twolverton@mercurynews.com

In a move that could ease criticism that Apple (AAPL) has offshored tens of thousands of manufacturing jobs to Asia, the Cupertino company will start producing one of its Mac computer lines somewhere in the United States starting next year, CEO Tim Cook said in a pair of rare interviews made public Thursday.

Apple won't manufacture the computers itself, but will contract with other companies and invest $100 million in the effort, Cook said.

"We've been working on this for a long time, and we were getting closer to it," he told Bloomberg Businessweek. "We could have quickly maybe done just assembly, but it's broader because we wanted to do something more substantial."

But the planned investment represents a tiny fraction of Apple's $100 billion in cash and investments, and last year alone it spent more than $8 billion on property, facilities and equipment. Meanwhile, Intel (INTC) and other electronics manufacturers often spend billions of dollars when they open new factories.

Michael Palma, a research manager who studies electronics manufacturing services for technology consulting firm IDC, said a $100 million investment is "going to sound really good," but is more of a "public relations initiative" than a meaningful shift in Apple's business model or a meaningful contribution to the U.S. economy.

"The reality is that it's probably not going lead to significant employment jumps, and it's not going to impact their business or their investments," Palma said.

Cook did not say which Mac computers would be made in the United States, where they would be made or which contractor Apple would use. A spokesman for Apple declined to provide any details, but Bloomberg reported Thursday that a spokesman for Foxconn, the Taiwan-based manufacturing company that makes many of Apple's products in China, plans to expand its operations in North America because of customer demand. The Foxconn spokesman did not specify which customers were seeking such moves.

Some of Apple's newest iMac desktop computers already carry a stamp saying they are assembled in the United States. Cook did not discuss how the current manufacturing efforts differ from Apple's plans.

Cook, long before becoming CEO, played a key role when Apple shut down its own factories and shifted to overseas contract manufacturers such as Foxconn. With lingering high unemployment in the United States and embarrassing disclosures about working conditions in Foxconn's factories, Apple, now the most valuable company in the world, faces mounting pressure to resume manufacturing its products in the United States.

Cook said in a separate interview aired Thursday by NBC that Apple and other companies chose to make their products overseas not because of lower costs but because of a shortage of manufacturing skills in the United States.

He added that consumer electronics has never really had a big production presence in the United States and that the issue is more about starting production in the United States than bringing it back.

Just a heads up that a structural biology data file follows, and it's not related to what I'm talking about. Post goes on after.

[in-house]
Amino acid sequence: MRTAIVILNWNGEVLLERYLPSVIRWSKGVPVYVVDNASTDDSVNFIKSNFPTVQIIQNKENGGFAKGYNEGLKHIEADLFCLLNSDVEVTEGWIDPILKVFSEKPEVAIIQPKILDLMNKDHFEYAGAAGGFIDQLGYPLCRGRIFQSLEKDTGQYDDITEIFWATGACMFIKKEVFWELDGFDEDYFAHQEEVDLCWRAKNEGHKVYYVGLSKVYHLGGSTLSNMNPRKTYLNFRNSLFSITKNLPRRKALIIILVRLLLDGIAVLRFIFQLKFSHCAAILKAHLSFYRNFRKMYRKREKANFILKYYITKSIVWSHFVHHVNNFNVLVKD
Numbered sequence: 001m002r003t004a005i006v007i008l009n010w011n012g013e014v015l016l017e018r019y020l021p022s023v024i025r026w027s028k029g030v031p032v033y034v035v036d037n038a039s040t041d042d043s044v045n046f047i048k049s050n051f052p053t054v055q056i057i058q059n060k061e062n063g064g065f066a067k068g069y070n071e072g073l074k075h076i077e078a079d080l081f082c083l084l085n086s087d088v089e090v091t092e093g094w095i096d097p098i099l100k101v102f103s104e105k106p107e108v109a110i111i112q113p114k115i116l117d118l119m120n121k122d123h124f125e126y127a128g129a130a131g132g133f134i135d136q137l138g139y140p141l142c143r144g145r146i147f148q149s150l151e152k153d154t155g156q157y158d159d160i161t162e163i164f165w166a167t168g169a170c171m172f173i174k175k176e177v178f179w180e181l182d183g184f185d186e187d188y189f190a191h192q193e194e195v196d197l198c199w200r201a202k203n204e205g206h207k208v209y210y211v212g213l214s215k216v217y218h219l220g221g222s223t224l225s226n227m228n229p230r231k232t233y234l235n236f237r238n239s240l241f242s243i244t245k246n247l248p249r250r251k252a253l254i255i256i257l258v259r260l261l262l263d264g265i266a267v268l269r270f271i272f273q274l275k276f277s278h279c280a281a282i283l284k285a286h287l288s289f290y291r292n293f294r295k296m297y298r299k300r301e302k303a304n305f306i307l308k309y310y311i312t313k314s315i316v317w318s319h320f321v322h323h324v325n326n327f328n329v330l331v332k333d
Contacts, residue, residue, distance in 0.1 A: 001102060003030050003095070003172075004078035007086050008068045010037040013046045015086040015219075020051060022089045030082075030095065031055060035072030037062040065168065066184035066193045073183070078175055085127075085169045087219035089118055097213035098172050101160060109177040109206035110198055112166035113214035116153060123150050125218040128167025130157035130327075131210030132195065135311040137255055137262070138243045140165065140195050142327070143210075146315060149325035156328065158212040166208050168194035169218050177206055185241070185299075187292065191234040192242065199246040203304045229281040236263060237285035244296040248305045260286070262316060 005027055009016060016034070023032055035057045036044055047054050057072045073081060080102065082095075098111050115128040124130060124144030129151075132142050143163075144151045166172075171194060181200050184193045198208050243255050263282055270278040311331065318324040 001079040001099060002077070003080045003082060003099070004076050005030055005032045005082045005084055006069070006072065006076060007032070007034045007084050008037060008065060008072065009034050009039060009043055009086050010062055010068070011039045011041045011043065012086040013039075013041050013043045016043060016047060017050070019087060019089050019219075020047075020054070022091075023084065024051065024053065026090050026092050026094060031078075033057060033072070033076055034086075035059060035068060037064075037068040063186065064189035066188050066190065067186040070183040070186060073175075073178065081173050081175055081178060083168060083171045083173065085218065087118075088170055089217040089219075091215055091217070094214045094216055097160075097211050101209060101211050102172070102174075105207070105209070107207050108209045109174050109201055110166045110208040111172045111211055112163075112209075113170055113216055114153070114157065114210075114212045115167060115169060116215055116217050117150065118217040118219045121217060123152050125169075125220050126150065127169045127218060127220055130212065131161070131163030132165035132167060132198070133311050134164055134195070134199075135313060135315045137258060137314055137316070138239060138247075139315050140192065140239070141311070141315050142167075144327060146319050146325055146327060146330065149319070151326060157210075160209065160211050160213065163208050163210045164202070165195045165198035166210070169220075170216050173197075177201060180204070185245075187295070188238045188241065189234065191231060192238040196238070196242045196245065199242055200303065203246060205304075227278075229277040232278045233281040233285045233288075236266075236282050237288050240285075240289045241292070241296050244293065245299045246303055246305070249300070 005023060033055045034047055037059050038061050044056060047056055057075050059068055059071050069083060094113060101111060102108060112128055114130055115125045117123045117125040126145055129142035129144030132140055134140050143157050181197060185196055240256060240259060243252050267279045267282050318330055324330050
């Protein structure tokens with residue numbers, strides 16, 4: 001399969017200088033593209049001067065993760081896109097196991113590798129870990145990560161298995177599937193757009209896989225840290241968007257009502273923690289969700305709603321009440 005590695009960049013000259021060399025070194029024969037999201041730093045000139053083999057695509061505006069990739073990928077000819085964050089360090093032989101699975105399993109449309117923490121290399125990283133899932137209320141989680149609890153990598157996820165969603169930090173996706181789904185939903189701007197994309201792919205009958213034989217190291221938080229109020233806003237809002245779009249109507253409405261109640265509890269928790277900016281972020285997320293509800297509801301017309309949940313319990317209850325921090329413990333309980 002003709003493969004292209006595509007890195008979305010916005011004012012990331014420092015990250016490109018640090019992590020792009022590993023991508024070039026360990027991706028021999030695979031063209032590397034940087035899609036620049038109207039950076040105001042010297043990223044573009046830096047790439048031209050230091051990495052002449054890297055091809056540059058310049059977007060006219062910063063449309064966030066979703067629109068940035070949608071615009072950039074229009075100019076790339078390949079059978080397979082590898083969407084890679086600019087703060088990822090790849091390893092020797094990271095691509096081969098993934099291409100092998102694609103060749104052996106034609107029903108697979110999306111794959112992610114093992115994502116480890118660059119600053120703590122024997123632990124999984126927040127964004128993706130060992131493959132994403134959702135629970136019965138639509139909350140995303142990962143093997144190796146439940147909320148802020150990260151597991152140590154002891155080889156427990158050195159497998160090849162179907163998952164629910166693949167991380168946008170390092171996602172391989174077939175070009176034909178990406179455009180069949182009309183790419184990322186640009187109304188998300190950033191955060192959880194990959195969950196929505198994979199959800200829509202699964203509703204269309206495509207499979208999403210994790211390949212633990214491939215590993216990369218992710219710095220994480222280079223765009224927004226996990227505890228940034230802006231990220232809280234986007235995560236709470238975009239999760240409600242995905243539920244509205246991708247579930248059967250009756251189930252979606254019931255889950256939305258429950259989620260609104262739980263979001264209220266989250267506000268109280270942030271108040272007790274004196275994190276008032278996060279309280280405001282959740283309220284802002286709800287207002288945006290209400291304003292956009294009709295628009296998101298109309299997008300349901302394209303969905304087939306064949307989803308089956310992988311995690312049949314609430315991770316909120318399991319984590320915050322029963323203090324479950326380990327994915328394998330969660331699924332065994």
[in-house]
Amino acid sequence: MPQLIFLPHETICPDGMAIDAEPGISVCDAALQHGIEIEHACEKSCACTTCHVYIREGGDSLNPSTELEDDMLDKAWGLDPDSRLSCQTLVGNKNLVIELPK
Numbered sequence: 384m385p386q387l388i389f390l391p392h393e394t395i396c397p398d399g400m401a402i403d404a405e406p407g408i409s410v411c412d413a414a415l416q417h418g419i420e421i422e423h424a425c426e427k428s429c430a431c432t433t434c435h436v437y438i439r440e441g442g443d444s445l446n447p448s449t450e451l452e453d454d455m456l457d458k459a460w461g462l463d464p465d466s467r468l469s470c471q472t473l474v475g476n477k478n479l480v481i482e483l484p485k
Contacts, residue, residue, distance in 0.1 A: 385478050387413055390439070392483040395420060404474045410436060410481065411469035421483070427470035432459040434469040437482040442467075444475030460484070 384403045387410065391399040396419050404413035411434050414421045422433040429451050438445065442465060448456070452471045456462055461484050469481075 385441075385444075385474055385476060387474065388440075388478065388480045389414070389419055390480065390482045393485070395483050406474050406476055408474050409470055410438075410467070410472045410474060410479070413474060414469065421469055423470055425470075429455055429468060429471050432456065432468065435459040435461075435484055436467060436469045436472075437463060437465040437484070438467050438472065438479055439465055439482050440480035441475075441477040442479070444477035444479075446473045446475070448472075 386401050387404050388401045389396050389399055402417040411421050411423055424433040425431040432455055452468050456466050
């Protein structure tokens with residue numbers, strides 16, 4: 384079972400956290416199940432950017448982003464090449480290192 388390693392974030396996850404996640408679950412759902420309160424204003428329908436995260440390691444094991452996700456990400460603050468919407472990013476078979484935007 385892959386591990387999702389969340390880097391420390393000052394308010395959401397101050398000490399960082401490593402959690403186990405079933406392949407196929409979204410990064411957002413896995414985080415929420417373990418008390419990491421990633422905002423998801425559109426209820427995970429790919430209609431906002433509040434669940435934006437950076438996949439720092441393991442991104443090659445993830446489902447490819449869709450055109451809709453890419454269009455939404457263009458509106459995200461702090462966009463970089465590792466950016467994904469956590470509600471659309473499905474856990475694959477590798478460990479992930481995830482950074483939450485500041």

But Apple originally made its computers in California. It began outsourcing production in the mid-'90s, first by selling some plants to contract manufacturers, then by hiring manufacturers overseas. It assembled iMacs in Elk Grove until 2004.

Howard Wial, director of the Center for Urban Economic Development at the University of Illinois-Chicago, said Thursday that the skill level of production workers isn't a big barrier to bringing manufacturing jobs back to the United States.

"There are plenty of workers that still have manufacturing skills here," he said, adding that any declines in skill levels are due to ''the huge losses of manufacturing jobs that we suffered, particularly between 2000 and 2010."

By any measure, Cook's announcement represents a relatively small step toward resuming American manufacturing for the company. Its Mac line has become decreasingly important to Apple, which in its last fiscal year drew more than 70 percent of its revenue from sales of iPhones and iPads. Less than 15 percent of its revenues came from Mac sales.

The two interviews covered a wide range of topics. Cook reiterated Apple's "intense interest" in television, but declined to discuss any future products. And he dismissed the iPad's competitors as "confusing" products.

Cook also discussed the problems with Apple's new Maps application, which debuted with Apple's iPhone 5 and has been lambasted for mislabeling and misplacing many points of interest.

"We set out to give the customer something to provide a better experience. And the truth is, it didn't live up to our expectations. We screwed up," he said.

Although asked, Cook declined to say much in either interview about Apple's recent management shake-up, including the departure of Scott Forstall, who had previously overseen the iPhone's software. Forstall was reportedly fired because he refused to sign on to Cook's apology for the Maps app.

Cook said the recent management changes were intended to encourage better "collaboration" at Apple.

On a more personal level, Cook described himself as a "private person." And he said the death last year of his former boss, Apple cofounder Steve Jobs, was the "saddest time" in his life.

Cook said he didn't realize the dire state of Jobs' health until right before he died. "I always thought he would bounce back, because he always did," he said.

The Associated Press contributed to this report. Contact Troy Wolverton at 408-840-4285. Follow him at Twitter.com/troywolv.